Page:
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Datsun, at this point it is anyone's guess whether those two "beams" were ever supposed to be the same height. "I still have several issues with the current compression post design," But I have seen Bob Perry's original drawings for the boat, and it was designed to have the mast either supported by a simple vertical compression post, or keel-stepped.

Apparently someone at Islander "had a better idea" and used this zany scheme to open up the interior and give the boat a palatial cabin. One might seriously consider throwing out some scrap wood and metal, and installing a simple vertical post, and just telling folks to exhale and squeeze by if they want to go forward of it.
 

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Amen to that! You shouldn't expect to be able to tango in the cabin of a 28' boat. Anyway, it's not that much of a squeeze and that's what I would do if I was starting over with the mast. The boat as built (and properly maintained) is not unseaworthy at all but it would be more seaworthy with this modification. Great design but there are few points where you have to wonder what they were thinking on the production boats.
 

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Datsun,
Go to the 2nd page of the thread titled I-28 Keel Stub Construction, I posted some pictures there of my I28 during the mast step rebuild. I replaced everything below the timber post with solid fiberglass; I made my own ¾ inch fiberglass plate material to replace sole and to build up a new mast step support beam.
 

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Datsun, I have come to the conclusion that these boats are more "plastic" than we think. Everything seems to be moving a bit and maybe that is a survival strategy! I'll try to attach some images of our repair but I noticed our boat is not identical to yours. We have a "sold in" 1979 version...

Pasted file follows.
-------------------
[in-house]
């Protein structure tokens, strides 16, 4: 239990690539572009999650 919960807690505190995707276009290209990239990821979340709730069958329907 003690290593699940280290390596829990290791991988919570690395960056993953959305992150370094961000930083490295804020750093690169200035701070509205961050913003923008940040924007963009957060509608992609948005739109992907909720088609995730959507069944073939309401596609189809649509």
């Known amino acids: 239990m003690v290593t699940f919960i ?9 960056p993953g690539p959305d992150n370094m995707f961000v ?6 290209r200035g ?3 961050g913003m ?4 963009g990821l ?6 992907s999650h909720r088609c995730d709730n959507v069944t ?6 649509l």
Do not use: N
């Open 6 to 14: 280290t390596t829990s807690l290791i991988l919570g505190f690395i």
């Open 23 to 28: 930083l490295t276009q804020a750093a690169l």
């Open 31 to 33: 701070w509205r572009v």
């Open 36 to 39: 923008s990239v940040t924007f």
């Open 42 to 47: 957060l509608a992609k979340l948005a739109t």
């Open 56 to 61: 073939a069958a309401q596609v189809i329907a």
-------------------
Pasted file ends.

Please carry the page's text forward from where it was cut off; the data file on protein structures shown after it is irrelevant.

PC
 

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Ok, Thanks for you replies all!

I have a 1976, I-28, hull #23, I recently removed the tile floor with a drain in to the bilge, a rare shower/head option. Ya, a shower in the head, sure would like to witness that task. I'm lucky to sit on the throne and read a paperback, forget the newspaper.

I have decide to replace the cabin sole with the GPO3 fiberglass, replace the piece between the cabin sole and 4x4 with GPO3 fiberglass, cut a hole in the counter top the size of the flange, and replace the counter portion between the 4x4 and metal post with the GPO3 fiberglass too. I can epoxy the fiberglass to the 4x4 at both ends.

I decided to go that route because it would all be doable by jacking up the mast and kind of a retro-fit, modifying what is already there. I will take pictures of my fix and post them up after I finish the project. It may be a while before I get it done, but I promise to post it up to help I-28 owners having to deal with this issue.

I really like my I-28, and get compliments on it every time I'm out on the water, got one just today!

As for the headliner, I was going to post up a thread on my idea for that fix. So, look for it soon.
 

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In case you are wondering about what GPO3 is, I used it as a spacer when I did my thru-hulls. I used kitty hair, polyester resin with glass fiber, to bond the spacer to my hull. I tapped the spacer and bolted a thru-hull spacer to it. Here is a picture of the GPO3 fiberglass, the red material.

You can see the blue tile floor, too.
 

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510, a lot of the plywood on the I28 is "Bruneel" plywood, which is damned strong stuff. I don't recall ever looking at what that little countertop section is made from, but if that's also Bruneel, it is already as strong as fiberglass. Unless you're planning to refinish the whole strip, it might not pay to bother changing just that bit under the post.

A tile floor...good lord, there's room for a whole new HGTV show, on renovating heads! (VBG)